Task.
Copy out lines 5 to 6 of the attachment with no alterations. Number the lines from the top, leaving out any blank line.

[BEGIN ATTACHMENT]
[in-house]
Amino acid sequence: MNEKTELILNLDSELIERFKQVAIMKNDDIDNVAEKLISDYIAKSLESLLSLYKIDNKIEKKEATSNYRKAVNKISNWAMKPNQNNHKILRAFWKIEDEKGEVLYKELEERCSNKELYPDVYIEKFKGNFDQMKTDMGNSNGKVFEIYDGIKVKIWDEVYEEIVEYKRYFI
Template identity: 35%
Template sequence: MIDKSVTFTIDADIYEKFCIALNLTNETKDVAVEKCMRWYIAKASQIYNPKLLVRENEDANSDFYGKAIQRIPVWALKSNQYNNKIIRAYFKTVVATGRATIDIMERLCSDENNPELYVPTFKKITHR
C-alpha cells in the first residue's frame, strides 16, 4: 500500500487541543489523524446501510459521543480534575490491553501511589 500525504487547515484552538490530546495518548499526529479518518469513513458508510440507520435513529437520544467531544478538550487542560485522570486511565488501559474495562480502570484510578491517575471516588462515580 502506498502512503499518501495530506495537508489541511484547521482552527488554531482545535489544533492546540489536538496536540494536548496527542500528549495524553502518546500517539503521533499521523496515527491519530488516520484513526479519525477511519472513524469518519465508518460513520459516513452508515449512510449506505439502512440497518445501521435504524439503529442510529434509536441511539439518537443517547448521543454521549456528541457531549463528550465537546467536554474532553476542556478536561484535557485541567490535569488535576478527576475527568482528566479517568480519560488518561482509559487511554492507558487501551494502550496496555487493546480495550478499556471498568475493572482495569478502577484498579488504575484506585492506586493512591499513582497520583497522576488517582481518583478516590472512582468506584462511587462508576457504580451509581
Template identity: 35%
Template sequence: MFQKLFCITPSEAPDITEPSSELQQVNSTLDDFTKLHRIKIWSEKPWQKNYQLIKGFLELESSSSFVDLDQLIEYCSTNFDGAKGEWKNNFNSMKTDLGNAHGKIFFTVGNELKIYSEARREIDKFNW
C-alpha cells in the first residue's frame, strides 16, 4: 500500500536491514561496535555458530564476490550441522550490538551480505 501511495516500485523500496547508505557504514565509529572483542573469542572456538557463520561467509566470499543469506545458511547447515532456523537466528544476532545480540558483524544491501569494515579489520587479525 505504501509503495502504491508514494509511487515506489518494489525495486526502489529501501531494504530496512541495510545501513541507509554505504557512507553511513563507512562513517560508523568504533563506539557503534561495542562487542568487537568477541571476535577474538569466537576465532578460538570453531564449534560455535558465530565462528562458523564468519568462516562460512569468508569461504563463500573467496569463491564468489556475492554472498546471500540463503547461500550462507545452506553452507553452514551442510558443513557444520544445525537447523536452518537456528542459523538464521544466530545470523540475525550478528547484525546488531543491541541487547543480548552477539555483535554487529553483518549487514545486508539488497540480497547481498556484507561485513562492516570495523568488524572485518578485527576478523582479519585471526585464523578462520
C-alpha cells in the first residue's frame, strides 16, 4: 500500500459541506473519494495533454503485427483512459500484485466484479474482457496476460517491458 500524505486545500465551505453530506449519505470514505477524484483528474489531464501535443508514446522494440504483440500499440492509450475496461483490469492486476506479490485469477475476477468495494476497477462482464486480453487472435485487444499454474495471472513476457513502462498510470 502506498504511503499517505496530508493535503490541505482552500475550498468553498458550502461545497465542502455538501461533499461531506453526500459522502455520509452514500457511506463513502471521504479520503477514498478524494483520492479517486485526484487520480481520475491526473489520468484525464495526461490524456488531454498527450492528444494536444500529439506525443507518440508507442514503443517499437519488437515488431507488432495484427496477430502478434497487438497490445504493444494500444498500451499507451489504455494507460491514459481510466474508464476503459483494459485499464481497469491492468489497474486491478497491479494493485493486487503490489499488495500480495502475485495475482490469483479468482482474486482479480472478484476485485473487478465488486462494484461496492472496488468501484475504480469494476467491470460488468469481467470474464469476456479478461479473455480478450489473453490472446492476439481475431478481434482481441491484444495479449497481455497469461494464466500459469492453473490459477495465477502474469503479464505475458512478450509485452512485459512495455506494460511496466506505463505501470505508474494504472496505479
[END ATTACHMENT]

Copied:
C-alpha cells in the first residue's frame, strides 16, 4: 500500500487541543489523524446501510459521543480534575490491553501511589 500525504487547515484552538490530546495518548499526529479518518469513513458508510440507520435513529437520544467531544478538550487542560485522570486511565488501559474495562480502570484510578491517575471516588462515580 502506498502512503499518501495530506495537508489541511484547521482552527488554531482545535489544533492546540489536538496536540494536548496527542500528549495524553502518546500517539503521533499521523496515527491519530488516520484513526479519525477511519472513524469518519465508518460513520459516513452508515449512510449506505439502512440497518445501521435504524439503529442510529434509536441511539439518537443517547448521543454521549456528541457531549463528550465537546467536554474532553476542556478536561484535557485541567490535569488535576478527576475527568482528566479517568480519560488518561482509559487511554492507558487501551494502550496496555487493546480495550478499556471498568475493572482495569478502577484498579488504575484506585492506586493512591499513582497520583497522576488517582481518583478516590472512582468506584462511587462508576457504580451509581
Template identity: 35%